(Off topic: Why do fixes have to be both quick AND dirty? This fix is quick, sure, but it isn’t like step two involves peephole camera footage of the lady staying in room number 402 at the airport Hilton. NOT THAT I KNOW ANYTHING ABOUT THAT, OFFICER.)
Anyway, recording is fairly simple but it isn’t a one step process. Pick up the needle and the turntable starts spinning. Hit the Record button, drop the needle, and you’re off. One thing I didn’t care for was that you have to manually place the needle on the record—no cueing mechanism like on most decent record players- but what do you expect for thirty bucks?
To create individual tracks, you either have to stop after each song (tough to time) or record the entire side of the album, then cut and paste each song into a new file. This is the most time consuming part; if you have a huge album collection you might be better off buying them from iTunes than spending hours on this. Or maybe find someone who’s having a rough time during the economic slowdown and give them a buck or two for each album they rip for you.
BAM! UNEMPLOYMENT SOLUTION! GET OBAMA ON THE PHONE. FROM NOW ON JUST CALL ME “MR. STIMULUS PACKAGE.”
Audacity can be as simple or complex as you want. Before you export your file to mp3, you can add filters and effects to remove scratchiness and pops and crackles. The basic ones mentioned in the Getting Started guide will work for most people. But if your name happens to be Inquisitive Q. Adventurepants, there is an excellent online guide to the advanced features at http://community.linuxmint.com/tutorial/view/627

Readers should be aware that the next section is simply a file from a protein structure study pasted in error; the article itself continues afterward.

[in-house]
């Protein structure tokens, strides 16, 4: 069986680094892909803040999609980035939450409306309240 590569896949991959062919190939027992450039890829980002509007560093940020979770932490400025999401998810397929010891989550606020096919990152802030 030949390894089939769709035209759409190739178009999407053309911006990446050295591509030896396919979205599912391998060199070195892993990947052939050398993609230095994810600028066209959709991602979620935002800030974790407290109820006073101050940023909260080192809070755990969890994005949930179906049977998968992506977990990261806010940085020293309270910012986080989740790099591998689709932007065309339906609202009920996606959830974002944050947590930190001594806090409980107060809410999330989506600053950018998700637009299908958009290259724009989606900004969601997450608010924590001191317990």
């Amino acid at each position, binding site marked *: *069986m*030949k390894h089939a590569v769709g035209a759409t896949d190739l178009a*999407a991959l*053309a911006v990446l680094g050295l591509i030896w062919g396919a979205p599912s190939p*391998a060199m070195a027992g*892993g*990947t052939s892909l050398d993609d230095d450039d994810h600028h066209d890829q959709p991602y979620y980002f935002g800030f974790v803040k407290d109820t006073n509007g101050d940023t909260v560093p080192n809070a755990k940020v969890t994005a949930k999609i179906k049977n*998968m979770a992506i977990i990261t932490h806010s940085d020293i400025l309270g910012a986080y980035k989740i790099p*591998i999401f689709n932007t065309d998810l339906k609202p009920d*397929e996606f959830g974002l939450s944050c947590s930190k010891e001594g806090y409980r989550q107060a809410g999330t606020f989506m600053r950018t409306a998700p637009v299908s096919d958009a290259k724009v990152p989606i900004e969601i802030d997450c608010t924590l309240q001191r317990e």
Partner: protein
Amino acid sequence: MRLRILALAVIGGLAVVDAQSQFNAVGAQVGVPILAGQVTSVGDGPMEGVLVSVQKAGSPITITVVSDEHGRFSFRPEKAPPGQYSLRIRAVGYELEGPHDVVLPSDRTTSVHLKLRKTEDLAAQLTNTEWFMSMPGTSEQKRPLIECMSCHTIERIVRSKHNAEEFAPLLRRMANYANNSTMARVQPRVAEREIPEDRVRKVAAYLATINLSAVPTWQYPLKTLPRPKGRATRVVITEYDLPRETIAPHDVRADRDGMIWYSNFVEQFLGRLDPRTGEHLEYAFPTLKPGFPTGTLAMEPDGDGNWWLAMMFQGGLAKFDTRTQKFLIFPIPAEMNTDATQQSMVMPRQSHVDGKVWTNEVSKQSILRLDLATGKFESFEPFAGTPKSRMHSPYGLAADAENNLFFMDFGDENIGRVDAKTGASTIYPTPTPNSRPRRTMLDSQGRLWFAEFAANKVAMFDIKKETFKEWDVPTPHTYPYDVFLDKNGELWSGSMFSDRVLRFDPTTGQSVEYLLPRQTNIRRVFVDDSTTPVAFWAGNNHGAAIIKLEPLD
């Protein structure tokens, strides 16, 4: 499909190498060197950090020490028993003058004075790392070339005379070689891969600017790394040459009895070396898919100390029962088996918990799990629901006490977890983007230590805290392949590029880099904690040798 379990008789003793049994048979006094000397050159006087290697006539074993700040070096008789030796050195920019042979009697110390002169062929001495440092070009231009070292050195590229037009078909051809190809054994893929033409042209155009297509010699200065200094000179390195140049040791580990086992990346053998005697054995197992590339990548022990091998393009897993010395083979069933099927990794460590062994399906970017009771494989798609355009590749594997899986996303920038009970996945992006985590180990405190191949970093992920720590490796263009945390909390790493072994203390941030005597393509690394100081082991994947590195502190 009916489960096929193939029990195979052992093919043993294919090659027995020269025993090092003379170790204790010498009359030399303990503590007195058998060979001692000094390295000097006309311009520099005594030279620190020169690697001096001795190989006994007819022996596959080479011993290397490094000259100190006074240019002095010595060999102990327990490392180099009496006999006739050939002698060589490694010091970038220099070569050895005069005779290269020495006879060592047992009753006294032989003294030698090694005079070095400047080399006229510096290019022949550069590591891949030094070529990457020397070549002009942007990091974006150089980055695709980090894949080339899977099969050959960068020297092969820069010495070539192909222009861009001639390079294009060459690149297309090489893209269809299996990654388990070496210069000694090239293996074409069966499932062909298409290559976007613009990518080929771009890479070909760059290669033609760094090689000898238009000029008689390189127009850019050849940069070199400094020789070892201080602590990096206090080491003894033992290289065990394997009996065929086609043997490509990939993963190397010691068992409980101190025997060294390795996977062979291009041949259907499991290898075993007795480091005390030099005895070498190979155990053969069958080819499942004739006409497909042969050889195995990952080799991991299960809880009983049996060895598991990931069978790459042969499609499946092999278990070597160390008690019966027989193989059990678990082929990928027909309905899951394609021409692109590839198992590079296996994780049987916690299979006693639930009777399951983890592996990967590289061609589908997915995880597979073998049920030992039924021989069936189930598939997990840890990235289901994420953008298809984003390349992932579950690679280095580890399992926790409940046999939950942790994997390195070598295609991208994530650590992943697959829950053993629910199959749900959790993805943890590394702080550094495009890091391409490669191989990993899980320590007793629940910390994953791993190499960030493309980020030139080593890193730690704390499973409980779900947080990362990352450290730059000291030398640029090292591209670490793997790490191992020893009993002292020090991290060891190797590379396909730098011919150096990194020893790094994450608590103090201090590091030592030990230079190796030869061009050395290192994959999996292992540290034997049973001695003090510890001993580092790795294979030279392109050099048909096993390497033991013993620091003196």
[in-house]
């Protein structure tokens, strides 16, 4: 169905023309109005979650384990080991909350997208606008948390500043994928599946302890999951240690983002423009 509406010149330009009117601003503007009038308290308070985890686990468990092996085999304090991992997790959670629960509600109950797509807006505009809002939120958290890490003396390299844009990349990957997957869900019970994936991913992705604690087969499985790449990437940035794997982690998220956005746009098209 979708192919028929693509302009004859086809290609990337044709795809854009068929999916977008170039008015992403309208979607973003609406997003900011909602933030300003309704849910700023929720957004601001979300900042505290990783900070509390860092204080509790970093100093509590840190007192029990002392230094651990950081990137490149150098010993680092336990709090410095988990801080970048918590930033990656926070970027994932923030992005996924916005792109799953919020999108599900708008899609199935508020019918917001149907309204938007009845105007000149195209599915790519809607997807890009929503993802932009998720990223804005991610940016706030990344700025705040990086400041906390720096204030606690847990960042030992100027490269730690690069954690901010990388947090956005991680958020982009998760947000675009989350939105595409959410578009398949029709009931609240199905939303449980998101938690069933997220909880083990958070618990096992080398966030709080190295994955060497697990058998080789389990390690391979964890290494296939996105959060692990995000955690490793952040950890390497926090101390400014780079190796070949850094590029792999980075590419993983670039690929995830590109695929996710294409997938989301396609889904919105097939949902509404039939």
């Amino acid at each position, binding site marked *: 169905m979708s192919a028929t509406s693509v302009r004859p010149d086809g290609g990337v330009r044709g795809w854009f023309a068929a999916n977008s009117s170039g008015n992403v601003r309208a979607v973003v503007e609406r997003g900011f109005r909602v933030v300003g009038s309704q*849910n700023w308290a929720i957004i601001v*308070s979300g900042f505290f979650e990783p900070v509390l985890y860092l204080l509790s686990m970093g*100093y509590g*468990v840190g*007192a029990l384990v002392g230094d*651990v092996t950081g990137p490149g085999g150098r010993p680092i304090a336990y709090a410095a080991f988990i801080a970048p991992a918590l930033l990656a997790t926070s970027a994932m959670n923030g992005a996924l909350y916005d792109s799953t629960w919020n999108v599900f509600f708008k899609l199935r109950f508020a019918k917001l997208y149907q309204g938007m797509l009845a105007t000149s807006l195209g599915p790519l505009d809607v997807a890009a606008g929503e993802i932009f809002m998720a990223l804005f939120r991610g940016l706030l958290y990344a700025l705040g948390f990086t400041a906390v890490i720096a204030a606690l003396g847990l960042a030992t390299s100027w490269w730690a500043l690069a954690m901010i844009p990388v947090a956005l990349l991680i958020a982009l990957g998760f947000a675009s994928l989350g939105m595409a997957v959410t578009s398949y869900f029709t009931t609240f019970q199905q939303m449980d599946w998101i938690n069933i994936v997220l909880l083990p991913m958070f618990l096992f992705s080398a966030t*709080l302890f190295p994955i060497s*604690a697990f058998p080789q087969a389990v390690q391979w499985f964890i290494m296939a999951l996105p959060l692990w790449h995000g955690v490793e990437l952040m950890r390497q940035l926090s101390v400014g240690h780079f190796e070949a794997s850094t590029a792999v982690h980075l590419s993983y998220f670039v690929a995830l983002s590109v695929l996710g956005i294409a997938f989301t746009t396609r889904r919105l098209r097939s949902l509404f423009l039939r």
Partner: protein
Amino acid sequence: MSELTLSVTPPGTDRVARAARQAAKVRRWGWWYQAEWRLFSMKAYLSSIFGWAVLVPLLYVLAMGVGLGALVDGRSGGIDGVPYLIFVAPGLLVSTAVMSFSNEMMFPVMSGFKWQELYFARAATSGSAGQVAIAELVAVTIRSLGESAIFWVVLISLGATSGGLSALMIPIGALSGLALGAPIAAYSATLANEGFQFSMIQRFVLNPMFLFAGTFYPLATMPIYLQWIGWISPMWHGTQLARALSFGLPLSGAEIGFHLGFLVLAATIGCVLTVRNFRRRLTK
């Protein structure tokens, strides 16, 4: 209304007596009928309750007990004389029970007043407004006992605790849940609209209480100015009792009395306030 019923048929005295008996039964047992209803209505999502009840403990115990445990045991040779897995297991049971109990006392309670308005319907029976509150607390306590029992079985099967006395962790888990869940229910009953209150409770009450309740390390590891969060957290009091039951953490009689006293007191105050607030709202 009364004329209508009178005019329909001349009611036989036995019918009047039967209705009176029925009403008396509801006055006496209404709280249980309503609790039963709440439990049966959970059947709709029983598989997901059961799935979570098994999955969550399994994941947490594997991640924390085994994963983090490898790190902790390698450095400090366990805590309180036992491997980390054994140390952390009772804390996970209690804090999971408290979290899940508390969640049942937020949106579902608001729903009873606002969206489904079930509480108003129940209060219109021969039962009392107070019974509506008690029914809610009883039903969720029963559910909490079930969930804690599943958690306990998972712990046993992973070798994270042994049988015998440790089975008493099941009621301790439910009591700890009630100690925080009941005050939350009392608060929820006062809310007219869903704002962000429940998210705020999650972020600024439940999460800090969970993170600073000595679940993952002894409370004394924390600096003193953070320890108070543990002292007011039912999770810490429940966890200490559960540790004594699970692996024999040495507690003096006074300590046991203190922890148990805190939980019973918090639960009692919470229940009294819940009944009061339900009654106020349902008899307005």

The end result was surprisingly good for the price. It isn’t audiophile quality, but again what do you expect at this price point? It uses a basic needle and ceramic cartridge, which can’t achieve the frequency response you can get with diamonds and magnets. It’s also harder on your records; if you’re looking for just a record player, find something else. This will wear out your vinyl a lot faster. But it doesn’t really matter for the one or two plays it takes to rip them to your PC.
To check out the quality, I hooked up my Technics turntable through a USB dongle. I ripped a couple songs on each device and compared them.
As expected, the VS-2001-USBT sounded a little muddier than my player. With old Uriah Heep and Yes records, you lost a bit of the crispness and sound separation during the “proggier” moments when instruments layer together. But this is nit-picky; it’s nothing the average person will pick up on listening with $20 headphones while jogging.
Next I grabbed U2’s “Rattle and Hum,” which I bought on vinyl for some reason I don’t remember. (It probably involved impressing the girl that worked at the record store. Girls who work at independent record stores and dress like Rainbow Brite in the Mad Max universe like to talk about “the warmth of the vinyl sonic experience” and stuff.) There wasn’t much difference in the recordings. The recording with the VS-2001-USBT made Bono’s voice sound a little deeper and flatter, but it was no big deal. If you’re an audiophile, odds are you have the remastered version on a gold-plated Blu-Ray audio disc anyway. For the rest of us, the Vibe Sound VS-2001-USBT is a very solid choice.
The Vibe Sound VS-2001-USBT is a surprisingly good product for those who want to convert their vinyl into mp3s. There is a learning curve to the software; it isn’t like the one-click way you can add a CD to your iTunes library. The sound quality isn’t perfect, but it will meet most people’s needs. If you are very picky about audio, hire your neighborhood Skrillex to rip your albums using his pro DJ equipment. But for the rest of us, this thirty dollar solution is awesome.
Buy it, rip it, fall in love with your music again. Toss Uriah Heep’s “The Magician’s Birthday” on the iPod and take it on vacation with you. And if, on your trip, you run into Mikey Walker, steal him a Hamm’s for me.